Britain’s Strategic Culture in Context: A Typology of National Security Strategies
British Foreign Policy and the National Interest
Palgrave Macmillan London
Britain’s development of its first National Security Strategy (NSS) in 2008 (Cabinet Office 2008) was a welcome step forward in efforts to organise the ways, means and ends of the UK’s international affairs. Two years later, the Conservative - Liberal Democrat coalition government published a new NSS (Cabinet Office 2010a) and a Strategic Defence and Security Review (SDSR) (Cabinet Office 2010b). The SDSR was controversial for reasons that are outlined below. It was notable, however, for its use of a risk-based approach to structure its analysis, which allowed policymakers to view threats in terms of their estimated probability and impact, instead of providing a simple laundry list of concerns. At the same time, the review and consequent developments reveal the problems Whitehall faces in its attempt to balance concerns about security risks with the concomitant goals of economic growth and deficit reduction.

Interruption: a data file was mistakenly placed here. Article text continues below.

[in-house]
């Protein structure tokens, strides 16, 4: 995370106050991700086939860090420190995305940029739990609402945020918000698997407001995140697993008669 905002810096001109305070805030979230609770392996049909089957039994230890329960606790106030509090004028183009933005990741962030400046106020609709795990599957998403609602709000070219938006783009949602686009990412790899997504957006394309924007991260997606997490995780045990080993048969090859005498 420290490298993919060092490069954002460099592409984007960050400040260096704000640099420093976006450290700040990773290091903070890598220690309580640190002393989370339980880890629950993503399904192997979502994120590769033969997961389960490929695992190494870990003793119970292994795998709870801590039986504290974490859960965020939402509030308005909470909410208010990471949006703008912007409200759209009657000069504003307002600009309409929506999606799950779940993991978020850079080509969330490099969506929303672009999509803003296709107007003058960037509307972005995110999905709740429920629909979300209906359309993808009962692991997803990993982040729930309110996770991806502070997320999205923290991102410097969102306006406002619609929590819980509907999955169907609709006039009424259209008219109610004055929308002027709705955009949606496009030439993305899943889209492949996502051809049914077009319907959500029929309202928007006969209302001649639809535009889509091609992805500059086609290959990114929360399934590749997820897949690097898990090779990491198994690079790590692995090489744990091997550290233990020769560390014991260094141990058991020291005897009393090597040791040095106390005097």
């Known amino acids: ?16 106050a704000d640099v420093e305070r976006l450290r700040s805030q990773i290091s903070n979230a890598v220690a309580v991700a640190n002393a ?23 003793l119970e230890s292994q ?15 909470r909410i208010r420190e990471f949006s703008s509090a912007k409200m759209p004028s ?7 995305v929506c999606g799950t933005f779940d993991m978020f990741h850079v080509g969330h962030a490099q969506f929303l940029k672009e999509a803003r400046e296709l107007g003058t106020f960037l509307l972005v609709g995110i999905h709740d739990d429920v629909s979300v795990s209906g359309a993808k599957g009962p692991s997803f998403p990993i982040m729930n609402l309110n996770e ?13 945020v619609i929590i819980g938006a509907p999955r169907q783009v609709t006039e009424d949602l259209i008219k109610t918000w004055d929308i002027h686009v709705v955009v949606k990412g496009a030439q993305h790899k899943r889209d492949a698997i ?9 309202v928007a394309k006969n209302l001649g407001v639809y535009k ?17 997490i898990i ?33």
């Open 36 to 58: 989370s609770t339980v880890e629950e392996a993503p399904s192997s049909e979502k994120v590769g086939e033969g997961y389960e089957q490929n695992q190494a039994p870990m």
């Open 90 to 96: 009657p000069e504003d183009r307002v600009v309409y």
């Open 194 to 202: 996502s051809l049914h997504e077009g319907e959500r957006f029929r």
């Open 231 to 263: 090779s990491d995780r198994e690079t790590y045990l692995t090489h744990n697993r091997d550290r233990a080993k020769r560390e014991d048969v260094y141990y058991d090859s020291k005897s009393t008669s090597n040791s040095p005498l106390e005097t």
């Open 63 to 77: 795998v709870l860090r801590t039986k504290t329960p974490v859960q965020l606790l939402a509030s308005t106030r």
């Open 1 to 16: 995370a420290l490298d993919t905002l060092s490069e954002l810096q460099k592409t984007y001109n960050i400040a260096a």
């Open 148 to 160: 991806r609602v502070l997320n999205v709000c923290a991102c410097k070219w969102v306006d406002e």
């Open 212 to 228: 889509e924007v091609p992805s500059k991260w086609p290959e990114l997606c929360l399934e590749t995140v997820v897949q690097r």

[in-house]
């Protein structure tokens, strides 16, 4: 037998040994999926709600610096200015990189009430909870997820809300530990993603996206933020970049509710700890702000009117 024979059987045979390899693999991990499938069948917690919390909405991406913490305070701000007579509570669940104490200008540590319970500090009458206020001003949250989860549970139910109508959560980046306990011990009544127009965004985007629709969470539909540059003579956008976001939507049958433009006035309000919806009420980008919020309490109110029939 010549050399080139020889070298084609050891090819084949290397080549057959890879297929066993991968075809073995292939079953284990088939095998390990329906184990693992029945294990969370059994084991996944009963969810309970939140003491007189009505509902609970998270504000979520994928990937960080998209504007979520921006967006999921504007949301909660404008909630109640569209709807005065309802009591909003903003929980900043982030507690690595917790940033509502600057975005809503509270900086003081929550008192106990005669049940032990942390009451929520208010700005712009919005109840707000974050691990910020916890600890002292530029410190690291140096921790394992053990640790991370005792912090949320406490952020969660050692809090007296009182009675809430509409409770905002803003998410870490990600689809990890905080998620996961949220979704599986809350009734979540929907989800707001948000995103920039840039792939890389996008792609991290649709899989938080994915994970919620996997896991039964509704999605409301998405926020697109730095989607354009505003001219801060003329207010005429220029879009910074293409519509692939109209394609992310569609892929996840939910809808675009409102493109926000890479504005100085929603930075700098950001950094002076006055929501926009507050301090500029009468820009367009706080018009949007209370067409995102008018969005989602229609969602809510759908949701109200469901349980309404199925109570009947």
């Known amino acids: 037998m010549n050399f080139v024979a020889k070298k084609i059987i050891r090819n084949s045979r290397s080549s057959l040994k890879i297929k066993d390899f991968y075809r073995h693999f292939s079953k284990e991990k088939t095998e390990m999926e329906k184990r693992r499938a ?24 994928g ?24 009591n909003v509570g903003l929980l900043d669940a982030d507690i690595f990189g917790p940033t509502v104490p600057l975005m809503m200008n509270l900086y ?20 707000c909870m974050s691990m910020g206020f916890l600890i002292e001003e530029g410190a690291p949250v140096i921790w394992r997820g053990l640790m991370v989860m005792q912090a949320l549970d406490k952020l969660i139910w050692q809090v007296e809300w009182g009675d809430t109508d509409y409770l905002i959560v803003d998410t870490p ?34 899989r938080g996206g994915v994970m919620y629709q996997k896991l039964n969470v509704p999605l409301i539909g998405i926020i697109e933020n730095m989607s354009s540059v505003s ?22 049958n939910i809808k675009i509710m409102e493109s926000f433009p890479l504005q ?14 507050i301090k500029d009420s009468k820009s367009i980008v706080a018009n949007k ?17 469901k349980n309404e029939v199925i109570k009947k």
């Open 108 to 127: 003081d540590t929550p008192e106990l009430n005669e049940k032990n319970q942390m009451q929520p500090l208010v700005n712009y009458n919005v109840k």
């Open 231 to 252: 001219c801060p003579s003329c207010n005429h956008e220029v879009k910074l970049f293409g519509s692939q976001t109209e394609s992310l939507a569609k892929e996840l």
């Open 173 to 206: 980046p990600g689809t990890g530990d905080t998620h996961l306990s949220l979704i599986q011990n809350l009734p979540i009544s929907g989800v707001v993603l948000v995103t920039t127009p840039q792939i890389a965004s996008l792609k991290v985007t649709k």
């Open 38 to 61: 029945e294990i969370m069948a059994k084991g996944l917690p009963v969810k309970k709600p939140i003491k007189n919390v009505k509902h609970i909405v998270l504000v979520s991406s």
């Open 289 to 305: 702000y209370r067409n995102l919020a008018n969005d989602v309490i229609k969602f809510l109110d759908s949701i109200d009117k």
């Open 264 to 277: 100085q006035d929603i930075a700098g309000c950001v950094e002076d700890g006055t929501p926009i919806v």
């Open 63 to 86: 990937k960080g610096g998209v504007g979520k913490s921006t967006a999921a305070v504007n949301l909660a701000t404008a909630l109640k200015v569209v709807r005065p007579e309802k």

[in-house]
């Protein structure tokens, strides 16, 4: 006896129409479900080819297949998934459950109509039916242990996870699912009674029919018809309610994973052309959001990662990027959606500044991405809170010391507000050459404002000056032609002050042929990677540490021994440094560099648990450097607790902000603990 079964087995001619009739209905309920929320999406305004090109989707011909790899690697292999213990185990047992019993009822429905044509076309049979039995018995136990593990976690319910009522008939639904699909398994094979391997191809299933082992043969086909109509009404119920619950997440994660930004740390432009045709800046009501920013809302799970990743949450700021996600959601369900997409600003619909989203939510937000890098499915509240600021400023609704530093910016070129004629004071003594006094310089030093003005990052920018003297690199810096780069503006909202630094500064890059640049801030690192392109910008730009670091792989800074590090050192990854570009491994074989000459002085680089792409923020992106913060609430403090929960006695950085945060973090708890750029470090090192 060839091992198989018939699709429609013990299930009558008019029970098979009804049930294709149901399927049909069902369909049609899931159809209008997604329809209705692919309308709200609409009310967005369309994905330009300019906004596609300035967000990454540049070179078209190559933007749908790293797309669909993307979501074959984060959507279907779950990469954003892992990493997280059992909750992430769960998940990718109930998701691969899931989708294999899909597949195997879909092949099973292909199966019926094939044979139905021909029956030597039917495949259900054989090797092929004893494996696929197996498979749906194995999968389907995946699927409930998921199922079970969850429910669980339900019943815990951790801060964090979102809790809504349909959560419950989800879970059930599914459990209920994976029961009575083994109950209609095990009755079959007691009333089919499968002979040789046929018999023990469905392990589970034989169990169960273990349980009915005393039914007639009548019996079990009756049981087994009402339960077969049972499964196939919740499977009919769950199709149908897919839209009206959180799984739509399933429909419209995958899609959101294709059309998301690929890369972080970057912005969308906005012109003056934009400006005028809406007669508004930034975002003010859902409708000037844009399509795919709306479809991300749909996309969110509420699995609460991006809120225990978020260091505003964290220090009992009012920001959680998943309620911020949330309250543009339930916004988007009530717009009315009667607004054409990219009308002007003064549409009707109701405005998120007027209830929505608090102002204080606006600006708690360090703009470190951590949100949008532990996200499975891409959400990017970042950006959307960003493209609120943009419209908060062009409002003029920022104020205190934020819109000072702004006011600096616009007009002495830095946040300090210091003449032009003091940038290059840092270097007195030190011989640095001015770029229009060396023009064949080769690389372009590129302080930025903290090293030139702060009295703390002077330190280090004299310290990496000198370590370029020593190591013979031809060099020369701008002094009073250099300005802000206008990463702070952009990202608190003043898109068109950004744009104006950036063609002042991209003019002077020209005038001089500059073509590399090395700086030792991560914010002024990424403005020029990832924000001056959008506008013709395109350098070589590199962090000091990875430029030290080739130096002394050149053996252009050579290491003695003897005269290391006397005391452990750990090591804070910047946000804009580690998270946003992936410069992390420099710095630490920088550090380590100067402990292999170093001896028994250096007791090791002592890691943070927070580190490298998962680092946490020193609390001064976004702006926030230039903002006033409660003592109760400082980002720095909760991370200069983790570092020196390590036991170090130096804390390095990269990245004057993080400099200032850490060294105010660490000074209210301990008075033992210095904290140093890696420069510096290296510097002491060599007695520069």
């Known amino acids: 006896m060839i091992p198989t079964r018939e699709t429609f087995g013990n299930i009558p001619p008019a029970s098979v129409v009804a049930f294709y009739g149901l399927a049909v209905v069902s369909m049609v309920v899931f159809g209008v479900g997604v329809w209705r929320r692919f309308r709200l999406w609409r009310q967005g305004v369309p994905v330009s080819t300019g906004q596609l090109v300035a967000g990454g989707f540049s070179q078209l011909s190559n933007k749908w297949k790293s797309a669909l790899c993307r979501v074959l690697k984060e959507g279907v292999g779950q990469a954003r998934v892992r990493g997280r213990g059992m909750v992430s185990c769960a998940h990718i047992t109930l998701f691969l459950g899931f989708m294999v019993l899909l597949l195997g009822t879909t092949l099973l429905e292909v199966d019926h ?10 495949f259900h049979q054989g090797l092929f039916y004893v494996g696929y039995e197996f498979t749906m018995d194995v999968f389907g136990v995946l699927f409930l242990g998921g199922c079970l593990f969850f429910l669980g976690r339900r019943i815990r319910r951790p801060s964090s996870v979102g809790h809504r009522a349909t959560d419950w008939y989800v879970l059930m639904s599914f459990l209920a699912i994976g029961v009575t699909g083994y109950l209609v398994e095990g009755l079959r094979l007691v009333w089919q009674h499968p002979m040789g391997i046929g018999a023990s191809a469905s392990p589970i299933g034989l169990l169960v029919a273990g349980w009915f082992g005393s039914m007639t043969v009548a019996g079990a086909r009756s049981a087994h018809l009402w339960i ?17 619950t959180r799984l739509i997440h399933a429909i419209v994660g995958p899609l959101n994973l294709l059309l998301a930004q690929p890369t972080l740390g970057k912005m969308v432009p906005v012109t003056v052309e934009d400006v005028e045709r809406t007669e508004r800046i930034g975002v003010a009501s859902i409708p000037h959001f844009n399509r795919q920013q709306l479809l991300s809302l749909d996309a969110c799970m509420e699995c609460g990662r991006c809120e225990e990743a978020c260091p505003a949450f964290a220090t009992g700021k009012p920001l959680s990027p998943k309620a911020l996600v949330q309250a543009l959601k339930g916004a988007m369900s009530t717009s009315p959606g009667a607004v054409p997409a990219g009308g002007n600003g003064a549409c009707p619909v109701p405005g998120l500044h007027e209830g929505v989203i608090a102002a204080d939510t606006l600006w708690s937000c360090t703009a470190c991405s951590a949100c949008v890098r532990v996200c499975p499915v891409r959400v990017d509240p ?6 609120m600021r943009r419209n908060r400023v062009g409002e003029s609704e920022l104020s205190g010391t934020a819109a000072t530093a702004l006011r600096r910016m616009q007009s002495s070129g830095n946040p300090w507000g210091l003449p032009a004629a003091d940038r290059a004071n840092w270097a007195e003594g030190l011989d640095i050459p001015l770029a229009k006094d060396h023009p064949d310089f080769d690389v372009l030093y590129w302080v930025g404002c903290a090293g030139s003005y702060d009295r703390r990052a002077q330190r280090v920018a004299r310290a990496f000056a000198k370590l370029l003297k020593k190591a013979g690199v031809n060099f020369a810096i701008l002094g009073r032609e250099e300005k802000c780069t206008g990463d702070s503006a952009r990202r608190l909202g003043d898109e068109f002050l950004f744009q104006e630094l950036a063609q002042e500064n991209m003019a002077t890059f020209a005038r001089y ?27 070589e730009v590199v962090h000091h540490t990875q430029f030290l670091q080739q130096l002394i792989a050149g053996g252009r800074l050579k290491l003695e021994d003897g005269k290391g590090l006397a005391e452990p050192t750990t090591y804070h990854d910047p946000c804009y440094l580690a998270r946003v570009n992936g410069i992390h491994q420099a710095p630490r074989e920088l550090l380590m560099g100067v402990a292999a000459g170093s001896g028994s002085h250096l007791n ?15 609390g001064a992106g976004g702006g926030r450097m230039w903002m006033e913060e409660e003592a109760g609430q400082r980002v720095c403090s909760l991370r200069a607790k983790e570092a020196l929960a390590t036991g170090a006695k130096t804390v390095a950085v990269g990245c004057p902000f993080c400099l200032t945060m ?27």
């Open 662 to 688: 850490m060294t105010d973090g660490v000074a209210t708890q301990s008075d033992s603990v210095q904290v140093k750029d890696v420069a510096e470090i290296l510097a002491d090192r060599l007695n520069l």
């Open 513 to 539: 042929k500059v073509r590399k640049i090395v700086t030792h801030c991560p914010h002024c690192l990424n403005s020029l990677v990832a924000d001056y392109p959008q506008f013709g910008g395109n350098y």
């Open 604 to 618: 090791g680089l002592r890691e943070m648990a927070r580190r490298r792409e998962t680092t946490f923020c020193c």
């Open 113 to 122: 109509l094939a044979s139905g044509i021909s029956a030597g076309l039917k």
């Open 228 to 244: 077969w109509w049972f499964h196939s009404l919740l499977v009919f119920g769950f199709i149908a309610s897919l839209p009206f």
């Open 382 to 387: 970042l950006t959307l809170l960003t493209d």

Oliver, Timothy L. and Austin J. Knuppe, “Britain’s Strategic Culture in Context: A Typology of National Security Strategies,” in British Foreign Policy and the National Interest: Identity, Strategy and Security, ed. Timothy Edmund, Jamie Gaskarth, and Robin Porter (London: Palgrave MacMillian, 2014).